Effects of loading time on paid search (SEM)
For SEM campaigns, it is important to get a low price for a special keyword bid and to place it as high as possible in front of the competition's ads. The magic word is Quality Score, which determines how much you pay for a click in your Google Ads (formerly AdWords) campaign:
Ad Rank = (Quality Score) x (Maximum Cost-Per-Click)
Actual CPC = (Ad Rank of the Advertiser Below You/Your Quality Score) +$0.01
For ads campaigns, the quality score is essentially the basis of how Google evaluates the cost of your ad for a particular keyword. User experience, as in SEO, plays a decisive role (we remember the fact that the search engine giant is primarily interested in qualitative results for its users): Finally, the slow loading of a landing page is evaluated by Google as a negative indicator that lowers user experience. This results in a lower quality score for the ad server. Therefore, whenever you place paid ads (SEM), remember that a slower website will cost you more money.
It becomes clear that the quality score ultimately determines how much you pay for a click in a CPC campaign (cost per click). If your page load time is longer than that of your competitors, you simply pay more than your competitors - it's that simple. For this reason you can say that websites with fast load times have a higher quality score, pay less for SEM and have higher rankings.
Effects on Facebook Ads
Similar to Google, Facebook also prefers fast websites when it comes to advertising. Just like Google, Facebook wants to show its users the most qualitative advertising results. For this reason, an algorithmic change was made to Facebook in August 2017, prioritizing user experience. Page speed became one of Facebook's key criteria for user satisfaction, leading to faster ads being prioritized.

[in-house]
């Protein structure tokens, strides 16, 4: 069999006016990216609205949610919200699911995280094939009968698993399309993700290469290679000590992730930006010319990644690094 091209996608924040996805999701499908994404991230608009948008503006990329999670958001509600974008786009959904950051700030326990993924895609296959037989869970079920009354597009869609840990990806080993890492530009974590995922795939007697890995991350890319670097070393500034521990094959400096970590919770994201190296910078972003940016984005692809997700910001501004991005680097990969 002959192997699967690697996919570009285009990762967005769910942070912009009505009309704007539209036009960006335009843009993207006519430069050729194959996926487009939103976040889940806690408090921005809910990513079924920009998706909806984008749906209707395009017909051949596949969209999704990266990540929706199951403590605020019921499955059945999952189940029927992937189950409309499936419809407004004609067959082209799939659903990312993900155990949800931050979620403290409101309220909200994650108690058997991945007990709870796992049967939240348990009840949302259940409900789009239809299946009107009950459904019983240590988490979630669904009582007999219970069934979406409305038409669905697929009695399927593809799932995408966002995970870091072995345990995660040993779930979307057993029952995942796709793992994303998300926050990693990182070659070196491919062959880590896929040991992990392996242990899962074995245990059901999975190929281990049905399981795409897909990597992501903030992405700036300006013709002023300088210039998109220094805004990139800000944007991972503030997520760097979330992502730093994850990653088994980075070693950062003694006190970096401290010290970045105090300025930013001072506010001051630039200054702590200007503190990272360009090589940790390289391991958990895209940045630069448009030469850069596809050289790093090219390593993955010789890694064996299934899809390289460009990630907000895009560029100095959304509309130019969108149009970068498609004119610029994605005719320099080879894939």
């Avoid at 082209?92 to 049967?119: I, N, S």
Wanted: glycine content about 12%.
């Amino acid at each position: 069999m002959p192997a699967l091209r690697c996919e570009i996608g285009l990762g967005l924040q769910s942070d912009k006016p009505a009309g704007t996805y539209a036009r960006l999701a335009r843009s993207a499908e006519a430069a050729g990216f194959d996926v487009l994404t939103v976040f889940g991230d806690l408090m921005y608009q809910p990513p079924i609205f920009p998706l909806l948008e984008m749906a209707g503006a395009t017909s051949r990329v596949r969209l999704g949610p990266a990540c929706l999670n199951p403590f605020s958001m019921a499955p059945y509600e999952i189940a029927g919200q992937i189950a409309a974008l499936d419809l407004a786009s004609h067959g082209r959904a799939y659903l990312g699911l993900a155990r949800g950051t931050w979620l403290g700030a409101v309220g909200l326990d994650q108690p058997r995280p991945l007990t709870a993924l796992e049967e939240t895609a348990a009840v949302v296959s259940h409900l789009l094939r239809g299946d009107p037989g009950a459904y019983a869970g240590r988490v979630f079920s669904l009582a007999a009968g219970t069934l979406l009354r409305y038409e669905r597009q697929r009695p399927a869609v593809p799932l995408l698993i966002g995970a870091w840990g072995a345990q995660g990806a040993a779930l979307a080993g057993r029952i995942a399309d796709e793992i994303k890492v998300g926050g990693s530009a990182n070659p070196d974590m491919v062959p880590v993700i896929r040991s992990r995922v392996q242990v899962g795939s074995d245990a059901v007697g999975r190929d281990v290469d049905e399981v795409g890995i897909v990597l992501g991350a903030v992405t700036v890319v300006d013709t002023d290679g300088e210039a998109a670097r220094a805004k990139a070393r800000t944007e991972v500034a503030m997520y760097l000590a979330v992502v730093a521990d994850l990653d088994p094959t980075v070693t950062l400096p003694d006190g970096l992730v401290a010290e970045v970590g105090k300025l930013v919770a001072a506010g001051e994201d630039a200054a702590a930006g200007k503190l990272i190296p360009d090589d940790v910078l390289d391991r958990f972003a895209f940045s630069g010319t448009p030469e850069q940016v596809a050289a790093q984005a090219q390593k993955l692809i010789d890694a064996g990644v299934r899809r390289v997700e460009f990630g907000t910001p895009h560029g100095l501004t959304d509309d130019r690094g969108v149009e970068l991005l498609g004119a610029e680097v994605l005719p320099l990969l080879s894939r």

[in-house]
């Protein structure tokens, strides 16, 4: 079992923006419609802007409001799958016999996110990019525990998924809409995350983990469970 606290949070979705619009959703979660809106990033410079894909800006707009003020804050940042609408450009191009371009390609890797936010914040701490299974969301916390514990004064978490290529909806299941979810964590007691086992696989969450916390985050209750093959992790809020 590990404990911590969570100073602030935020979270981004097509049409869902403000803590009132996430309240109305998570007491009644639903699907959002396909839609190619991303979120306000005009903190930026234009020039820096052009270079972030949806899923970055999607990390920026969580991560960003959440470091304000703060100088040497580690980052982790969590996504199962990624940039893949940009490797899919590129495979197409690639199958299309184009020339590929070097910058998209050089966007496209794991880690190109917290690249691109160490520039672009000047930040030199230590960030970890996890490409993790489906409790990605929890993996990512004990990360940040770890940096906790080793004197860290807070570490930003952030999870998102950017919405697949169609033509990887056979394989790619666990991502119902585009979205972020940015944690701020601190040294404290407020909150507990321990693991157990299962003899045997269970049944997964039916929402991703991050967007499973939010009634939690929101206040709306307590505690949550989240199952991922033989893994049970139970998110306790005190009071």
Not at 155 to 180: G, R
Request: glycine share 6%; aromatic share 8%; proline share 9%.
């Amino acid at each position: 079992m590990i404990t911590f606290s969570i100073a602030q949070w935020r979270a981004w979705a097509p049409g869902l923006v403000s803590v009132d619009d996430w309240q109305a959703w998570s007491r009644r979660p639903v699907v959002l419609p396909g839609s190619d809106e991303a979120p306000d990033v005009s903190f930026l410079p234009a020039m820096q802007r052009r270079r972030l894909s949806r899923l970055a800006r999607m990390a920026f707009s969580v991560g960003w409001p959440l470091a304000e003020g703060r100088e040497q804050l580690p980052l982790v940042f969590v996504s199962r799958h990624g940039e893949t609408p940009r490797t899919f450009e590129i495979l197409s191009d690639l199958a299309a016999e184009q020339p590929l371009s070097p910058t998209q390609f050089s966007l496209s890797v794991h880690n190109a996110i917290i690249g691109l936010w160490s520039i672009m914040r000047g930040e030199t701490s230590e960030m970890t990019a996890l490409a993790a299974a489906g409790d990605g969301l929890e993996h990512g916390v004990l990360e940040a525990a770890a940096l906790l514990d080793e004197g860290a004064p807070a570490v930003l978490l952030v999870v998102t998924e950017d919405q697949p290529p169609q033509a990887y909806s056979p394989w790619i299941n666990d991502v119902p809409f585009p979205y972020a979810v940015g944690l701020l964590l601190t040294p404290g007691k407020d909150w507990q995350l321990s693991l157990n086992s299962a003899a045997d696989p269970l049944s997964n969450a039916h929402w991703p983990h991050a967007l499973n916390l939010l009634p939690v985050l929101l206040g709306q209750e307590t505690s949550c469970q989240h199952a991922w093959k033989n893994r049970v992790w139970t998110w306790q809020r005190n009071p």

Especially in e-commerce a fast page load time of a website is essential. The loading time of a landing page is a decisive reason why users leave websites (bounce rate). For this reason one can say that it is much easier for the shop owner to convince a user during the purchase decision with a fast website.
As you can see, the speed of the website affects a number of digital marketing channels and ultimately directly affects sales. The bottom line is that user experience is much more important these days. It affects the success of your SEO, SEM and Facebook ads campaigns.
The page load time depends on the infrastructure hosting the website, its optimization, bandwidth, software used on the server, correct server configuration, the amount, type and weight of content on the site, and whether or not a CDN (Content Delivery Network) is used. Each of these factors can be optimized to achieve the best performance and increase your revenue. Don't save in the wrong place. Invest in quality hosting from Storepace: We are the right partner if you need more performance. Users expect higher performance from your website. If you don't keep up, you'll lose potential customers and be left behind in the long run.